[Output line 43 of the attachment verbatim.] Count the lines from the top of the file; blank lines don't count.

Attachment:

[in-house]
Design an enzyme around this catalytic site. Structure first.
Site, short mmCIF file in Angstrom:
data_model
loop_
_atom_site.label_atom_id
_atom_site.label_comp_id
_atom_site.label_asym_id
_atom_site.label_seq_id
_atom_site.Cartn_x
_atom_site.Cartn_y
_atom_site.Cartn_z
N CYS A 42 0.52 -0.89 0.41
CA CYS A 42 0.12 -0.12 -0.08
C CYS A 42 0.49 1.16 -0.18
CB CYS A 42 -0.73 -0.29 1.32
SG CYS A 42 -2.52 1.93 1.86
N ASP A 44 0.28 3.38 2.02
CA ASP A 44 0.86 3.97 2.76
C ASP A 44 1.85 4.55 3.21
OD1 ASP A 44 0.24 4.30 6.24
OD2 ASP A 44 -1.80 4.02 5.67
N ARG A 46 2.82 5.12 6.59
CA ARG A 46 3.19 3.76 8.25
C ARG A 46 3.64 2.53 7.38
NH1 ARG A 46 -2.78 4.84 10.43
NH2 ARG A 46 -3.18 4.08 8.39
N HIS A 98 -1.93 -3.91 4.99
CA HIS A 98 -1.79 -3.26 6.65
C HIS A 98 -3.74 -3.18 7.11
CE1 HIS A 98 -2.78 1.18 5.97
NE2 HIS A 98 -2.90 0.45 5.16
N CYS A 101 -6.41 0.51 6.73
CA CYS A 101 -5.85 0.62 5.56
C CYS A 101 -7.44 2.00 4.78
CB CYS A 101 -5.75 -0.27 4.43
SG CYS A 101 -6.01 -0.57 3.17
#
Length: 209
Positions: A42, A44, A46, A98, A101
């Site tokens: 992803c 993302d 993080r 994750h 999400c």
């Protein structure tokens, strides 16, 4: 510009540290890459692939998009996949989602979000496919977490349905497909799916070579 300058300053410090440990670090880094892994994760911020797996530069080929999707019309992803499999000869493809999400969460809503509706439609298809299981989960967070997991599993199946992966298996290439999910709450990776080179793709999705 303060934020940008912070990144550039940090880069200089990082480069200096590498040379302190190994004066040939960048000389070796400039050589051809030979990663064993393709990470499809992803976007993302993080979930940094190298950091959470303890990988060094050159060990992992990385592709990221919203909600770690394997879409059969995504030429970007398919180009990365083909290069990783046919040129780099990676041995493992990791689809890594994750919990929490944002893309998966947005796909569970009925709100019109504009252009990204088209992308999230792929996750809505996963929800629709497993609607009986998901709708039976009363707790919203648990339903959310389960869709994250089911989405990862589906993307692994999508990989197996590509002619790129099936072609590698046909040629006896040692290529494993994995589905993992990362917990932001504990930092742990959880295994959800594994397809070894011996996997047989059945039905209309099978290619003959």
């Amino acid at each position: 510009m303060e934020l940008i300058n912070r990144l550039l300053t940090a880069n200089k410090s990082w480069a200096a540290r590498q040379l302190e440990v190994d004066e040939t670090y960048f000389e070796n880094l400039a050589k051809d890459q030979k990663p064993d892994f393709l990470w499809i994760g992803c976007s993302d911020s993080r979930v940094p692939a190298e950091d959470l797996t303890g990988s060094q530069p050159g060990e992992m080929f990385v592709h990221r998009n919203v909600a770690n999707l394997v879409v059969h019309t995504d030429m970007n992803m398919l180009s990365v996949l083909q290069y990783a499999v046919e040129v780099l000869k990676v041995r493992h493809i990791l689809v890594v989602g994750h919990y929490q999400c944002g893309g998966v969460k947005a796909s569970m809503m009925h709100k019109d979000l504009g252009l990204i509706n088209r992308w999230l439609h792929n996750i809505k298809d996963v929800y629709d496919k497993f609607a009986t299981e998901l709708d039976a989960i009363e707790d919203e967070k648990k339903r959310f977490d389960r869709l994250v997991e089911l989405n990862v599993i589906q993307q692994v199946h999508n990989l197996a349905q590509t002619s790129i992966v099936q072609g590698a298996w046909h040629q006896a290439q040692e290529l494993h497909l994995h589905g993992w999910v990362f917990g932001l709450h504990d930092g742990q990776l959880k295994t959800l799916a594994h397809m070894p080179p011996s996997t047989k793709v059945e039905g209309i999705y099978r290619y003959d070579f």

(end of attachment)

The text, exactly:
């Amino acid at each position: 510009m303060e934020l940008i300058n912070r990144l550039l300053t940090a880069n200089k410090s990082w480069a200096a540290r590498q040379l302190e440990v190994d004066e040939t670090y960048f000389e070796n880094l400039a050589k051809d890459q030979k990663p064993d892994f393709l990470w499809i994760g992803c976007s993302d911020s993080r979930v940094p692939a190298e950091d959470l797996t303890g990988s060094q530069p050159g060990e992992m080929f990385v592709h990221r998009n919203v909600a770690n999707l394997v879409v059969h019309t995504d030429m970007n992803m398919l180009s990365v996949l083909q290069y990783a499999v046919e040129v780099l000869k990676v041995r493992h493809i990791l689809v890594v989602g994750h919990y929490q999400c944002g893309g998966v969460k947005a796909s569970m809503m009925h709100k019109d979000l504009g252009l990204i509706n088209r992308w999230l439609h792929n996750i809505k298809d996963v929800y629709d496919k497993f609607a009986t299981e998901l709708d039976a989960i009363e707790d919203e967070k648990k339903r959310f977490d389960r869709l994250v997991e089911l989405n990862v599993i589906q993307q692994v199946h999508n990989l197996a349905q590509t002619s790129i992966v099936q072609g590698a298996w046909h040629q006896a290439q040692e290529l494993h497909l994995h589905g993992w999910v990362f917990g932001l709450h504990d930092g742990q990776l959880k295994t959800l799916a594994h397809m070894p080179p011996s996997t047989k793709v059945e039905g209309i999705y099978r290619y003959d070579f």